Fed’s Harker, T-Mobile Layoffs Skewer Stocks

Stocks dipped this morning despite Nvidia’s impressive earnings, which failed to elevate the overall market. Investors are keenly awaiting Federal Reserve Chairman Jerome Powell’s speech tomorrow morning as well.

Both the S&P 500 and the Nasdaq Composite witnessed declines, dropping by 0.7% and 1.3% respectively. The Dow Jones Industrial Average receded by 143 points, equivalent to a 0.4% decline.

Following the company’s announcement of surpassing analyst expectations with its quarterly earnings and revenue, Nvidia’s shares surged by 2.8%, reaching an unprecedented high. Furthermore, the company revised its future expectations, with top executives estimating a third-quarter revenue surge to $16 billion, reflecting a whopping year-over-year leap of 170%.

Nvidia’s recent quarterly report marks the second consecutive one that outdid expectations. The release of its first-quarter figures in May fueled the investors’ intrigue in artificial intelligence, positioning it as a pivotal market influencer for the year’s initial half. This burgeoning interest propelled the chip stock’s valuation beyond the $1 trillion threshold.

Yet, this impressive performance from Nvidia didn’t ripple across the broader tech sector. Amazon’s shares receded by 2.2%, Apple witnessed a 1.8% decline, and Netflix stocks diminished by 4.4%.

Phillip Colmar, the global strategist at MRB Partners, offered insights, stating, “I think it’s a very narrowly focused market,” and emphasized that a select few companies largely steer the market’s direction. He added, “I do think if you’ve got a better growth backdrop and higher bond yields, it lends itself naturally to a broadening of the market. We saw some of that in recent weeks.” Colmar expressed a cautious approach towards the tech sector, citing its recent upswing, and mentioned, “Themes sometimes get front loaded into the price action and then it takes a while to catch up.”

Currently, investors are eagerly waiting for Powell’s insights at the Jackson Hole, Wyoming conference tomorrow morning. U.S. Treasury yields, in anticipation, moved upward today. The benchmark 10-year Treasury note’s yield rose slightly, marking a 2 basis point increase, settling at 4.217%, especially after achieving a 16-year peak earlier on Monday.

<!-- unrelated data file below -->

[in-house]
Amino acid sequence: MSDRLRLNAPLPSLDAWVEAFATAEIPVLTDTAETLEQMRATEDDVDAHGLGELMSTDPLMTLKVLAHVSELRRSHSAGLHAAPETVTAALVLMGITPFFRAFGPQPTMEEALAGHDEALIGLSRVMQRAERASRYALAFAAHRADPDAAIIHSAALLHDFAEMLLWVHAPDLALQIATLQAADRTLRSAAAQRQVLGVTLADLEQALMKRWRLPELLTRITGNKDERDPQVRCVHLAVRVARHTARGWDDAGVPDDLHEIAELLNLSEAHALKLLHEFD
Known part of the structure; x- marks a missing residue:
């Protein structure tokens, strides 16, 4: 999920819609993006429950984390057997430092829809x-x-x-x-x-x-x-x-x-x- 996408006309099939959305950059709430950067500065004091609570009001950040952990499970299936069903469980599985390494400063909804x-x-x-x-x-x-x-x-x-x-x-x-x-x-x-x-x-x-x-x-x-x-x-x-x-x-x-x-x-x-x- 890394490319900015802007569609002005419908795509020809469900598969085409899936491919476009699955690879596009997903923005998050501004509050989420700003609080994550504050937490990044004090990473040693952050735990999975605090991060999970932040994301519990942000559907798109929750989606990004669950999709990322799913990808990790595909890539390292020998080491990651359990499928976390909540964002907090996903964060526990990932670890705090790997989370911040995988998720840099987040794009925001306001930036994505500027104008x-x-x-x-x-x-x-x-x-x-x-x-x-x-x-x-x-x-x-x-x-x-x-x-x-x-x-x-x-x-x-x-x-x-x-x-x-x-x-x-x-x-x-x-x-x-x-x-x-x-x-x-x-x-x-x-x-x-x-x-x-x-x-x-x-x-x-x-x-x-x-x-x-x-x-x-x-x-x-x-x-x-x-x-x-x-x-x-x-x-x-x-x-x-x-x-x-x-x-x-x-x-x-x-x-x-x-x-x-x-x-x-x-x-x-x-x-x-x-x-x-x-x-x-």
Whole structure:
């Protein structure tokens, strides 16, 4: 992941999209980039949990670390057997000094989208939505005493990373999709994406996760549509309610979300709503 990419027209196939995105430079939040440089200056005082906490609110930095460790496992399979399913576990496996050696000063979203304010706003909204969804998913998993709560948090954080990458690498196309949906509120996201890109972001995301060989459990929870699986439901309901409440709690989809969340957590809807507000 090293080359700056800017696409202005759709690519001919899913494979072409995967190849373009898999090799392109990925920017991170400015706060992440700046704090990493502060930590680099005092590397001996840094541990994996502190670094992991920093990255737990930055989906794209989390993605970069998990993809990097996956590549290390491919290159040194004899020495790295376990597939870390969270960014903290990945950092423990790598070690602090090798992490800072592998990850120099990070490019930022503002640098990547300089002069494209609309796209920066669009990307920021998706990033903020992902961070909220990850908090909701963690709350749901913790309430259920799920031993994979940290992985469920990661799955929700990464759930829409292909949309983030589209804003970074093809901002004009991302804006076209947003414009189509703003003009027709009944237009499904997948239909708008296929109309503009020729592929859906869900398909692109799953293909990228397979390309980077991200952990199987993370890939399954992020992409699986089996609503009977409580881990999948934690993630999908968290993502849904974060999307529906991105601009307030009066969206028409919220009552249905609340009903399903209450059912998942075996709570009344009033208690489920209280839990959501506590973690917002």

Philadelphia Federal Reserve President, Patrick Harker, expressed this morning that he doesn’t foresee further hikes in interest rates and even anticipates potential cuts around 2024, contingent upon data. Addressing a central bank assembly in Jackson Hole, Wyoming, Harker communicated to CNBC that the Federal Reserve “has to deal with inflation, and we are. We have a restrictive stance in my view, and we should keep it there for a while.” Relaying feedback from business leaders in his jurisdiction, he conveyed their preference for the Federal Reserve to maintain its stance and let the sequence of 11 rate hikes permeate the economy. Harker added, “What I heard loud and clear through my summer travels is, ‘Please you’ve gone up very rapidly, we need to absorb that,’” during his “Squawk on the Street” discussion with CNBC’s Steve Liesman.

T-Mobile declared its intent to reduce its workforce by approximately 5,000 jobs or 7%. The company anticipates a pre-tax charge of close to $450 million in the 2023 third quarter tied to this workforce cutback. Nonetheless, T-Mobile assures that its 2023 fiscal year guidance remains unchanged. Bloomberg accessed a letter from T-Mobile’s CEO, Mike Sievert, which detailed rising costs associated with customer acquisition and retention. Although the company strives to amplify its high-speed internet service among other initiatives, Sievert expressed doubts about their sufficiency to meet evolving customer expectations. However, he remains optimistic about not enforcing further layoffs in the near future. As of the end of 2022’s fourth quarter, T-Mobile’s workforce comprised around 71,000 individuals.

Historically, in 2019, John Legere, T-Mobile’s CEO at the time, boasted about the T-Mobile/Sprint merger, projecting it as a harbinger of “new, high-quality, high-paying jobs” for the foreseeable future. The impending job cuts might indicate the company’s preparation for economic deceleration.

T-Mobile’s rival, AT&T, recently unveiled its workforce trimming, shedding 74,130 employees, which is roughly 32% of its entire staff, since early 2021. For the current year, 965 tech companies have laid off 231,450 workers, as per Layoffs.fyi data. Predominantly, these tech sector layoffs have impacted the retail, consumer, hardware, healthcare, and transportation sectors.

Contrary to the prevailing job cuts signaling economic strife, the White House remains steadfast in promoting ‘Bidenomics’ as an economic renaissance. That facade may be starting to fade with investors, who sold stocks today despite Harker’s hint that the Fed may be done with rate hikes – something that would have previously caused a rally.

Now, though, it may only be confirmation that the Fed thinks a recession is just around the corner.


Please enter your comment!
Please enter your name here